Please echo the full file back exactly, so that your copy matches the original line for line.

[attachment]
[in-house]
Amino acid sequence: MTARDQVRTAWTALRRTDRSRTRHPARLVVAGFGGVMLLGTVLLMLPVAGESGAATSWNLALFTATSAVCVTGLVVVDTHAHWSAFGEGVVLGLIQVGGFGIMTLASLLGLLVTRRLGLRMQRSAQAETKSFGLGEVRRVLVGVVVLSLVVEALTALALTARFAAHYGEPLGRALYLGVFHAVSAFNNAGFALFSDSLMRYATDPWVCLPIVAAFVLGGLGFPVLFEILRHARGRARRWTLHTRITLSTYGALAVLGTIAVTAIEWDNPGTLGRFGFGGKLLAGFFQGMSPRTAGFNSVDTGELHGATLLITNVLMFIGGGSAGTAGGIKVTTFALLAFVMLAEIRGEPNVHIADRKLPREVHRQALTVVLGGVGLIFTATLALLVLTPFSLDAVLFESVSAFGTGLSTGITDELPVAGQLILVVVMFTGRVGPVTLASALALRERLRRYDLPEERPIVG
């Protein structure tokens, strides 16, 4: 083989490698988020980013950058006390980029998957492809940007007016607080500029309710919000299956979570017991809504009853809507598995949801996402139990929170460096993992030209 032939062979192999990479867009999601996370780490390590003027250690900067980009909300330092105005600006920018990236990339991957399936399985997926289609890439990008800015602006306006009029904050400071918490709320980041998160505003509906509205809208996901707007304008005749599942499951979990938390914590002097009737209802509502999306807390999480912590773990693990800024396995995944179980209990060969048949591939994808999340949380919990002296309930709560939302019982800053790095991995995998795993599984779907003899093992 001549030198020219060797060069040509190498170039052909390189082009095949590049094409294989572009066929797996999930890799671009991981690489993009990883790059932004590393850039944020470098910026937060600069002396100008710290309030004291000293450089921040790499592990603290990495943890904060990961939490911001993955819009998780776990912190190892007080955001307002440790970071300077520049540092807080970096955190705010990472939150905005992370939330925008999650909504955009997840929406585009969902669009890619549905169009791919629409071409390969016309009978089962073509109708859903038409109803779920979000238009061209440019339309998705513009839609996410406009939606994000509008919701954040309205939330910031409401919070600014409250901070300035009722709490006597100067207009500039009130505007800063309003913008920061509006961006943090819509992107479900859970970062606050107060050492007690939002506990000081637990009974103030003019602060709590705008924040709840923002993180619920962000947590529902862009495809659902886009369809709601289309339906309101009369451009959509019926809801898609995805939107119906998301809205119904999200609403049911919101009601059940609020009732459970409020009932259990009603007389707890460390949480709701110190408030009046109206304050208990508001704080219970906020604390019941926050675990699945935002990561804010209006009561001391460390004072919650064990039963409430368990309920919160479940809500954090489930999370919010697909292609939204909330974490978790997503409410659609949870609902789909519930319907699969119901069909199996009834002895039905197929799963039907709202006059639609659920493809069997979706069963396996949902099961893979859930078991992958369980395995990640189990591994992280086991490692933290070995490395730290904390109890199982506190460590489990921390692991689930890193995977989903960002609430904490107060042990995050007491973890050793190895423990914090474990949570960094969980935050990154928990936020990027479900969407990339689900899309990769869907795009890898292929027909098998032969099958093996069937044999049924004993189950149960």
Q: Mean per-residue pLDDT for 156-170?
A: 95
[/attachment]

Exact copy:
[in-house]
Amino acid sequence: MTARDQVRTAWTALRRTDRSRTRHPARLVVAGFGGVMLLGTVLLMLPVAGESGAATSWNLALFTATSAVCVTGLVVVDTHAHWSAFGEGVVLGLIQVGGFGIMTLASLLGLLVTRRLGLRMQRSAQAETKSFGLGEVRRVLVGVVVLSLVVEALTALALTARFAAHYGEPLGRALYLGVFHAVSAFNNAGFALFSDSLMRYATDPWVCLPIVAAFVLGGLGFPVLFEILRHARGRARRWTLHTRITLSTYGALAVLGTIAVTAIEWDNPGTLGRFGFGGKLLAGFFQGMSPRTAGFNSVDTGELHGATLLITNVLMFIGGGSAGTAGGIKVTTFALLAFVMLAEIRGEPNVHIADRKLPREVHRQALTVVLGGVGLIFTATLALLVLTPFSLDAVLFESVSAFGTGLSTGITDELPVAGQLILVVVMFTGRVGPVTLASALALRERLRRYDLPEERPIVG
């Protein structure tokens, strides 16, 4: 083989490698988020980013950058006390980029998957492809940007007016607080500029309710919000299956979570017991809504009853809507598995949801996402139990929170460096993992030209 032939062979192999990479867009999601996370780490390590003027250690900067980009909300330092105005600006920018990236990339991957399936399985997926289609890439990008800015602006306006009029904050400071918490709320980041998160505003509906509205809208996901707007304008005749599942499951979990938390914590002097009737209802509502999306807390999480912590773990693990800024396995995944179980209990060969048949591939994808999340949380919990002296309930709560939302019982800053790095991995995998795993599984779907003899093992 001549030198020219060797060069040509190498170039052909390189082009095949590049094409294989572009066929797996999930890799671009991981690489993009990883790059932004590393850039944020470098910026937060600069002396100008710290309030004291000293450089921040790499592990603290990495943890904060990961939490911001993955819009998780776990912190190892007080955001307002440790970071300077520049540092807080970096955190705010990472939150905005992370939330925008999650909504955009997840929406585009969902669009890619549905169009791919629409071409390969016309009978089962073509109708859903038409109803779920979000238009061209440019339309998705513009839609996410406009939606994000509008919701954040309205939330910031409401919070600014409250901070300035009722709490006597100067207009500039009130505007800063309003913008920061509006961006943090819509992107479900859970970062606050107060050492007690939002506990000081637990009974103030003019602060709590705008924040709840923002993180619920962000947590529902862009495809659902886009369809709601289309339906309101009369451009959509019926809801898609995805939107119906998301809205119904999200609403049911919101009601059940609020009732459970409020009932259990009603007389707890460390949480709701110190408030009046109206304050208990508001704080219970906020604390019941926050675990699945935002990561804010209006009561001391460390004072919650064990039963409430368990309920919160479940809500954090489930999370919010697909292609939204909330974490978790997503409410659609949870609902789909519930319907699969119901069909199996009834002895039905197929799963039907709202006059639609659920493809069997979706069963396996949902099961893979859930078991992958369980395995990640189990591994992280086991490692933290070995490395730290904390109890199982506190460590489990921390692991689930890193995977989903960002609430904490107060042990995050007491973890050793190895423990914090474990949570960094969980935050990154928990936020990027479900969407990339689900899309990769869907795009890898292929027909098998032969099958093996069937044999049924004993189950149960």
Q: Mean per-residue pLDDT for 156-170?
A: 95